Summarised Transcription is a form of editing. It helps to bring out the key message whilst reducing the more general dialogue, allowing the reader to gain more value in a shorter time. It is a summary of what has been said rather than ‘verbatim’ or ‘intelligent verbatim’, and where necessary, restructures sentences and corrects grammar without changing the message.
Here is a short extract showing the key differences between Verbatim, Intelligent or Smart Verbatim and Summarised Transcription:
Fred: Er … thanks. You know, I was wondering if we could maybe … sort of … discuss this in er kind of more detail, you know? Like, you know, er then I will be er able to understand it better, you know.
Janice: Yeah, no problem. It’s er not very hard to understand really, like I mean it won’t take you very long to figure it out, you know.
Fred: Okay, er thanks, then let’s…let’s start the discussion when you’re erm ready.
Fred: Thanks, I was wondering if we could discuss this in more detail, then I will be able to understand it better?
Janice: Yeah, no problem. It’s not very hard to understand really, it won’t take you very long to figure it out.
Fred: Okay, thanks. Let’s start the discussion when you’re ready.
Fred: I need to understand this in more detail, so I can better understand it.
Janice: It’s not hard to understand, it won’t take you long.
Fred: Okay, when you’re ready, please explain.
Basically verbatim transcription includes everything that was spoken including all erms, ahs, repetitions, stutters, you knows, sorts ofs, I mean etc. Intelligent verbatim includes everything that was spoken but omits irrelevant odd words like the ones I have included above. Summarised transcription would take intelligent verbatim and take relevance to the next level. Sentences may need restructuring, words omitting, grammar altering and the correct use of syntax, text adding (if the client needs this) all to make a professional, more fluent, enjoyable read ensuring the important points/subjects that you are aiming to get across will be picked up easily from the read.
You may need summarised transcripts for:
- Telephone conversations where the general chit-chat including hellos and goodbyes and thank you for your help are simply not needed; and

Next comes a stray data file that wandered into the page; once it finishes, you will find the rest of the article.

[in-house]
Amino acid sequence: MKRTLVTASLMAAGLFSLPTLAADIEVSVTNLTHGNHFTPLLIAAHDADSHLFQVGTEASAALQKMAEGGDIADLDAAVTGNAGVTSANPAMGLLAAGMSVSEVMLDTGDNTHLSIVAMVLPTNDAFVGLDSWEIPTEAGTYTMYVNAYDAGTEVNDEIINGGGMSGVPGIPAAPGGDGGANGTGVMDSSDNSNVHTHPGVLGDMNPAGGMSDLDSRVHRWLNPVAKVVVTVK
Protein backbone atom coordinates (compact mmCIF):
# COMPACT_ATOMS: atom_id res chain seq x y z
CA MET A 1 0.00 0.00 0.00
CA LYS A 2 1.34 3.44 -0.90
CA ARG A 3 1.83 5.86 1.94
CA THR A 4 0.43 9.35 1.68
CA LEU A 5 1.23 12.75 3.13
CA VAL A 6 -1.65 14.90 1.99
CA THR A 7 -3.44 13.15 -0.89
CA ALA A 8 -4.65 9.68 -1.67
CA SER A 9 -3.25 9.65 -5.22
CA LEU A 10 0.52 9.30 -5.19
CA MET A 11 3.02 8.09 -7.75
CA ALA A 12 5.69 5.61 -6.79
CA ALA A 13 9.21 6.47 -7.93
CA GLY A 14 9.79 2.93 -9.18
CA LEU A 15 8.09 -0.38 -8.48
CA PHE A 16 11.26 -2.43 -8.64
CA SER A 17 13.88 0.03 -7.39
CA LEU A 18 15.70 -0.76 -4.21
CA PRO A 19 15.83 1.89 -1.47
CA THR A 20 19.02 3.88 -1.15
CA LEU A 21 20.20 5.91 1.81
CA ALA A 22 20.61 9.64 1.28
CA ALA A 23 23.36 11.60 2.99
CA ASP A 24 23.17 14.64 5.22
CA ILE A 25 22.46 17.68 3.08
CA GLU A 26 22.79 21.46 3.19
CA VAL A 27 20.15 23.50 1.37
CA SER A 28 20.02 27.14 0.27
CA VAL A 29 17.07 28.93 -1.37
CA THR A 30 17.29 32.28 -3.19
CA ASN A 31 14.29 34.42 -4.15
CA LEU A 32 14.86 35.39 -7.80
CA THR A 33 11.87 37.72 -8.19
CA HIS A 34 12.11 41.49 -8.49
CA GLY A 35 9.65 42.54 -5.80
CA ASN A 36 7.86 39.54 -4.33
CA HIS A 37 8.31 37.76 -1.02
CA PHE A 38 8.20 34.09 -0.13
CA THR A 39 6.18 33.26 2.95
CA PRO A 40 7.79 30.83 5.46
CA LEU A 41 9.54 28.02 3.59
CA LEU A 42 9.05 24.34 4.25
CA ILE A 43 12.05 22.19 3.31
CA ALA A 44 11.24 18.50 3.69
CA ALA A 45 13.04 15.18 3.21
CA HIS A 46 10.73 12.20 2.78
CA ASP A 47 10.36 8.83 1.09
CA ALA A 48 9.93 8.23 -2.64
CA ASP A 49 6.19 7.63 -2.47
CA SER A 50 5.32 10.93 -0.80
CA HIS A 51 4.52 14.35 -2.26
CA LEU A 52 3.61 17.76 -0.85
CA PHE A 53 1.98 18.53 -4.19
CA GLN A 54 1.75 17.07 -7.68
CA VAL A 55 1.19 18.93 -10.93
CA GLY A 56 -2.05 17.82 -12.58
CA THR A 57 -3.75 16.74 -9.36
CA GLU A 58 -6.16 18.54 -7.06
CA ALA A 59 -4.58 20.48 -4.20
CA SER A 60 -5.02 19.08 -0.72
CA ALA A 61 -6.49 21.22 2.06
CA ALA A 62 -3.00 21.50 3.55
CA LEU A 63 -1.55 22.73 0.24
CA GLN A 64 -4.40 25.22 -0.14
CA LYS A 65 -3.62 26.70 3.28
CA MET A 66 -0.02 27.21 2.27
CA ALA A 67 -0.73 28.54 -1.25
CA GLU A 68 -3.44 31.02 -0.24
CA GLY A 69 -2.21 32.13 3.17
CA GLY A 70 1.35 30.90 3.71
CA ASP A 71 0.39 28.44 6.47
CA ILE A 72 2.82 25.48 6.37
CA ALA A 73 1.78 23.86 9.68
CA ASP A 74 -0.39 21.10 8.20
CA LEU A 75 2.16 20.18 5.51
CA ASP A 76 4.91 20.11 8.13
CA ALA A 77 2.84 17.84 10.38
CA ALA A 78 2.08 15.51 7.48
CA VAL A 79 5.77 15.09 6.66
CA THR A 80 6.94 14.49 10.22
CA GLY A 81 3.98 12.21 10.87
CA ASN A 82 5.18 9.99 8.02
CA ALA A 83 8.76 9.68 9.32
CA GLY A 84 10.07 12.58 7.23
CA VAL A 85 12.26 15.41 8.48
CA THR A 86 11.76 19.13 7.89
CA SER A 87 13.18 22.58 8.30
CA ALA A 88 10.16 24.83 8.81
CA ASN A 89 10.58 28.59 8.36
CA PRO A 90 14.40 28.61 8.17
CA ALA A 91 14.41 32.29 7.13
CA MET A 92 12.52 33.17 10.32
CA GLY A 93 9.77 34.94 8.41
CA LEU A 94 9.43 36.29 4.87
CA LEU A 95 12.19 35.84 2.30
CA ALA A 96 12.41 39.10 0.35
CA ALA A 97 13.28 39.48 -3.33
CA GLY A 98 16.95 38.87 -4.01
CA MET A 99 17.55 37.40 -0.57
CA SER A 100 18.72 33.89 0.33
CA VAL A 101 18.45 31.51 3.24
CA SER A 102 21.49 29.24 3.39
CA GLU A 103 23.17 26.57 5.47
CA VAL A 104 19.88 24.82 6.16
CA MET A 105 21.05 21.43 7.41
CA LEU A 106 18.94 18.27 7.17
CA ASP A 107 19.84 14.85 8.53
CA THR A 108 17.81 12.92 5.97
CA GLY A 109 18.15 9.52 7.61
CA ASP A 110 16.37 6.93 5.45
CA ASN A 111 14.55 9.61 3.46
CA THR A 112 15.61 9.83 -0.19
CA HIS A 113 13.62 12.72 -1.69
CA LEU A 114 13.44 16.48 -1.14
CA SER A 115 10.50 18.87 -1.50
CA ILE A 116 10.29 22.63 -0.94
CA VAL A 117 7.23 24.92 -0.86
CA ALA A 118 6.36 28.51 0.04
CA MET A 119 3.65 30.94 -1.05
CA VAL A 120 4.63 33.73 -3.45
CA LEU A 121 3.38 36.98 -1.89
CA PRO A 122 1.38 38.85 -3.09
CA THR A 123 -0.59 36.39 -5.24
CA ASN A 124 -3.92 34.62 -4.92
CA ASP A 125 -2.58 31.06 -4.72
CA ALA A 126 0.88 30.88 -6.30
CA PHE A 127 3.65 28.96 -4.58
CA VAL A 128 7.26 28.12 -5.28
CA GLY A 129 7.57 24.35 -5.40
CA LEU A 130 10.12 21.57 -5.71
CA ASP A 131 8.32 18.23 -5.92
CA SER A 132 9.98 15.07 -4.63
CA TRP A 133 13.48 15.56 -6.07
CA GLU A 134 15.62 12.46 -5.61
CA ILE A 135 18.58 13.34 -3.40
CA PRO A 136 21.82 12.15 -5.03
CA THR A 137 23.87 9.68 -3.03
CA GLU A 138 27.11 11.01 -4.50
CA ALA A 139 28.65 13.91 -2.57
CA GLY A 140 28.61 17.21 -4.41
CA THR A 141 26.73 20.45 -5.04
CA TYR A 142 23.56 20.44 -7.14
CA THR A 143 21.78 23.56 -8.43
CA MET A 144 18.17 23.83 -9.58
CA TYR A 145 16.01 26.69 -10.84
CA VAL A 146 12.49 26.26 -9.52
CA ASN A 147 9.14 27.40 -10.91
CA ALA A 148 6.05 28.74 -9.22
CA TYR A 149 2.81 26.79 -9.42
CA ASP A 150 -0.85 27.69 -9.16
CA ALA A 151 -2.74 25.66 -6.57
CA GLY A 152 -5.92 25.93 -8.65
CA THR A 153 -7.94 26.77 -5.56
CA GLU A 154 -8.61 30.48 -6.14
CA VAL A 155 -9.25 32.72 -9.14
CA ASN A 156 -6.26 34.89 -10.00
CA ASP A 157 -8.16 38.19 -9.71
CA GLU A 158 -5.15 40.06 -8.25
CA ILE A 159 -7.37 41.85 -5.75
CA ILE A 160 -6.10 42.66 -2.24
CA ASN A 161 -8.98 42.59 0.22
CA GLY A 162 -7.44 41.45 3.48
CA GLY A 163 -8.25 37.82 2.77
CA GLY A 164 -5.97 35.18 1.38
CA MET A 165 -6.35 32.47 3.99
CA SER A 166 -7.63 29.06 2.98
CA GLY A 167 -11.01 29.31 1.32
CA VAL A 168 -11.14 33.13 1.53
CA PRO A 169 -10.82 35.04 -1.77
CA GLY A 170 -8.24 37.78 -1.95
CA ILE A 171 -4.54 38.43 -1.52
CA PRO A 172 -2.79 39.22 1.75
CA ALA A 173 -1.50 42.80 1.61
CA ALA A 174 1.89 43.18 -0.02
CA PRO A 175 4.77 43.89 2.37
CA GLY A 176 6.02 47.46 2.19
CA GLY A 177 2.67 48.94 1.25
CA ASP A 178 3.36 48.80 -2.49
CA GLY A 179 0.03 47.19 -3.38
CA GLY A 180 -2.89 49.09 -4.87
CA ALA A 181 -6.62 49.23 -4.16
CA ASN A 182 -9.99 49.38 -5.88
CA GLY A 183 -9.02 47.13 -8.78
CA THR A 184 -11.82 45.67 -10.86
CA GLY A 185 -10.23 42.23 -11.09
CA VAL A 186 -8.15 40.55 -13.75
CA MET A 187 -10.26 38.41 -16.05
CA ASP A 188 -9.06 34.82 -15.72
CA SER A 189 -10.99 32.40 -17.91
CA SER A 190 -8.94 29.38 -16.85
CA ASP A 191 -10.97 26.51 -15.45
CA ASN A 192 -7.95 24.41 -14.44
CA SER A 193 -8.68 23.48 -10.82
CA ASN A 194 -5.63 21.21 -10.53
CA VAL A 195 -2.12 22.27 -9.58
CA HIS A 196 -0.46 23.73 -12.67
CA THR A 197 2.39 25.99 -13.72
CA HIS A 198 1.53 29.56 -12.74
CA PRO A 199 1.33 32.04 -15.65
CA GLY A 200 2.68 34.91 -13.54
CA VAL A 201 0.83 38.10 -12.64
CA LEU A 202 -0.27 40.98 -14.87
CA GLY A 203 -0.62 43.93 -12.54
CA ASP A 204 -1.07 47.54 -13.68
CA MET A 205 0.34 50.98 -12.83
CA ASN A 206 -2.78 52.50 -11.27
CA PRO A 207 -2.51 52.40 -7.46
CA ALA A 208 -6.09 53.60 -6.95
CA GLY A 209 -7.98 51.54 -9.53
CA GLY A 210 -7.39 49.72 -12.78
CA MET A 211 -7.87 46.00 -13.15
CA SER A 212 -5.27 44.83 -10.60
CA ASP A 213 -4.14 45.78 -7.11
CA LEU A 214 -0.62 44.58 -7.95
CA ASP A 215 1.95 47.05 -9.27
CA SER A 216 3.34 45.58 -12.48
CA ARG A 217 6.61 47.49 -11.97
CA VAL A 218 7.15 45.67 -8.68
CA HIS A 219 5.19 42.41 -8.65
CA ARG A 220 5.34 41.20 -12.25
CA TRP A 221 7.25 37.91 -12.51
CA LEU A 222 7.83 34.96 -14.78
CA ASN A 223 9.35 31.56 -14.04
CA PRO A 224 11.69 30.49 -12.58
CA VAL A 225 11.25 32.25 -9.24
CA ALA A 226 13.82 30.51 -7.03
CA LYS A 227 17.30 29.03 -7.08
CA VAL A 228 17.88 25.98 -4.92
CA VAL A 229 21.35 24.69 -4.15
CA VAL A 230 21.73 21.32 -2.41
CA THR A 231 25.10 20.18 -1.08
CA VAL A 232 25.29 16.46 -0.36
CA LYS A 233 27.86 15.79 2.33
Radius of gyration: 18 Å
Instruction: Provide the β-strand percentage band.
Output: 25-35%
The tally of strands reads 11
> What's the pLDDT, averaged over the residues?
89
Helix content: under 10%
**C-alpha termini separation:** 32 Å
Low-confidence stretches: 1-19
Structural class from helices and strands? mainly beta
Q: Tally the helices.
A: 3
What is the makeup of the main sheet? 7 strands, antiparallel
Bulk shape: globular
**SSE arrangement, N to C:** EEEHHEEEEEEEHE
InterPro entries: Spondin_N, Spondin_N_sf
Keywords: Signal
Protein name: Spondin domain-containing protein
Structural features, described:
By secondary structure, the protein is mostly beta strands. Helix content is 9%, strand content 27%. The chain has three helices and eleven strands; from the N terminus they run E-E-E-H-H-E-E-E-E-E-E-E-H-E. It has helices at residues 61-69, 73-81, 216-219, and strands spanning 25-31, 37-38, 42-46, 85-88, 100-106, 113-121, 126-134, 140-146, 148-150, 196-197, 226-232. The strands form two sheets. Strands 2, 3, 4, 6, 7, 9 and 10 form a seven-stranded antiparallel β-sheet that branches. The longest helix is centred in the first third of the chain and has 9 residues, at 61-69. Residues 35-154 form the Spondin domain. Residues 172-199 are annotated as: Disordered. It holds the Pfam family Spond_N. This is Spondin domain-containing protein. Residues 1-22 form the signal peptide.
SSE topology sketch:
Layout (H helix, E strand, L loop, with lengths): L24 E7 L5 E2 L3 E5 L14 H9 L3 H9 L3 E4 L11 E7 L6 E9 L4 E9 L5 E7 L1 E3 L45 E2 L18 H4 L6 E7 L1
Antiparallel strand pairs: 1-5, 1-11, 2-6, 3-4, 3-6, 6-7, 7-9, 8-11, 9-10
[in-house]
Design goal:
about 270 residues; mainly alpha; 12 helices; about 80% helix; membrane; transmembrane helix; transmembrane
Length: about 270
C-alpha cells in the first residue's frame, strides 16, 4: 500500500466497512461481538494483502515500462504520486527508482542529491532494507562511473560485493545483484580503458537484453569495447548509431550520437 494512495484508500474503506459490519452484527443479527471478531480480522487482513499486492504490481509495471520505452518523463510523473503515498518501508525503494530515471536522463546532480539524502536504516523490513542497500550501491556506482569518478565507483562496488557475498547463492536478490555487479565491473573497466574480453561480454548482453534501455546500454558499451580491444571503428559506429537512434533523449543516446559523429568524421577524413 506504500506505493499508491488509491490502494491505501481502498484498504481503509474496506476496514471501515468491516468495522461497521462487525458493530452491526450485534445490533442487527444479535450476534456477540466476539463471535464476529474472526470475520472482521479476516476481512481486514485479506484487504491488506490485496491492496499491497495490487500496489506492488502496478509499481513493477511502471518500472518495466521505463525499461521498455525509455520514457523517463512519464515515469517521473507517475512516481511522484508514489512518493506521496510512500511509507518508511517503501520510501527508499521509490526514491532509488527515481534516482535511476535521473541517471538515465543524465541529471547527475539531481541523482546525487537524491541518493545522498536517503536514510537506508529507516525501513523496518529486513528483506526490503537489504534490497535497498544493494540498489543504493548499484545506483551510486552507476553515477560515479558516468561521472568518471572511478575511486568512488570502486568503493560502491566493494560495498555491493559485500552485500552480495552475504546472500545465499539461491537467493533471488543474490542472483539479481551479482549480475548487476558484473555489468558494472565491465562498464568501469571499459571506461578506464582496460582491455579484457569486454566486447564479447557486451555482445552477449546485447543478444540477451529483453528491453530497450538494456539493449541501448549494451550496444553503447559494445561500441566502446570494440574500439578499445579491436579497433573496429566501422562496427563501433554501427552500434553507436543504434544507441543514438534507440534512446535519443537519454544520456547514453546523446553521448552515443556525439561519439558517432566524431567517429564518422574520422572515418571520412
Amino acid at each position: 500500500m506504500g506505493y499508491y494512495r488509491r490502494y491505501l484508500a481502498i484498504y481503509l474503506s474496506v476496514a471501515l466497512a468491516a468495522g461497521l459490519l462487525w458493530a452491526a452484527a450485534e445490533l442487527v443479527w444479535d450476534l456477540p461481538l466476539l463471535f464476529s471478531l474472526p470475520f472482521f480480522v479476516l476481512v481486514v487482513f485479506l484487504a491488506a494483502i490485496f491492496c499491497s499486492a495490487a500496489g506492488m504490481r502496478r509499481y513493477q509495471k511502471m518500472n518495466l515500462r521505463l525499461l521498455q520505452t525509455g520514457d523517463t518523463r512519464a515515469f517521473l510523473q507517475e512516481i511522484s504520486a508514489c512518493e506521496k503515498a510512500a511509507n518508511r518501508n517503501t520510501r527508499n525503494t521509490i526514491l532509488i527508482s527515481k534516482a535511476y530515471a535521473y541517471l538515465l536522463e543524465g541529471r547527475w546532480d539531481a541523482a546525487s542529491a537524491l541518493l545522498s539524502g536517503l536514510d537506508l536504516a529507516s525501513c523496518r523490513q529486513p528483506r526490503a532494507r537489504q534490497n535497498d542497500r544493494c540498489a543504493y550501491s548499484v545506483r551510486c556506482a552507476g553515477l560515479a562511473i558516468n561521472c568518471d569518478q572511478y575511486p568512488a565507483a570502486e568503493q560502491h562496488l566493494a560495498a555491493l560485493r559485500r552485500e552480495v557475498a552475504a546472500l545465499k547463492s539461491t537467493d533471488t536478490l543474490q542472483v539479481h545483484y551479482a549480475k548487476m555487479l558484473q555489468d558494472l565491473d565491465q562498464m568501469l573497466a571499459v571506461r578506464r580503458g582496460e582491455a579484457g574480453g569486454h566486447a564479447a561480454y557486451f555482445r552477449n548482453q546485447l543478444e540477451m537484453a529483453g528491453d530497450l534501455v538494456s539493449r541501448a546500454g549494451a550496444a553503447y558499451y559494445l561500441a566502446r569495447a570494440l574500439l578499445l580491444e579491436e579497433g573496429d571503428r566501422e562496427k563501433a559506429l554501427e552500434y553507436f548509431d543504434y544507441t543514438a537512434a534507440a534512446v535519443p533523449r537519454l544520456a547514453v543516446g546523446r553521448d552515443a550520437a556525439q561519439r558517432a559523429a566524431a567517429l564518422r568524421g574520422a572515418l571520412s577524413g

- Face to face interviews/meetings where again just facts are required and long silences or repeated answers etc can be omitted.
The main idea of summarising a conversation or interview/meeting is that the reader can instantly grasp the important, main points of what is being said without having to plough through unnecessary dialogue, thus saving them time and effort.
Clients may have their own instructions as to how they would like the summary to read. For example a particular client wanted their summary to read from the respondent’s point of view/perspective, but if the respondent agreed with what the interviewer had said then this needed to be included in his reply. You may also want the subject matter (for example, if the conversation is regarding another company) to be referred to as singular rather than plural i.e. if the investor refers to the company as they, then ‘they’ should be changed to ‘it’. You may want your words abbreviated or you may not, for example, ‘do not’ kept as ‘do not’, or changed to ‘don’t’. Each client will most likely have their own individual requirements as to how they want their summaries to read and their own reasons for that, but the key as the summariser is to be able to pick out the important information and leave out the rest.
The summarised transcription does not attempt to skew the translation of the original material, it aims to stay as honest and true to the spirit of the original piece as possible.
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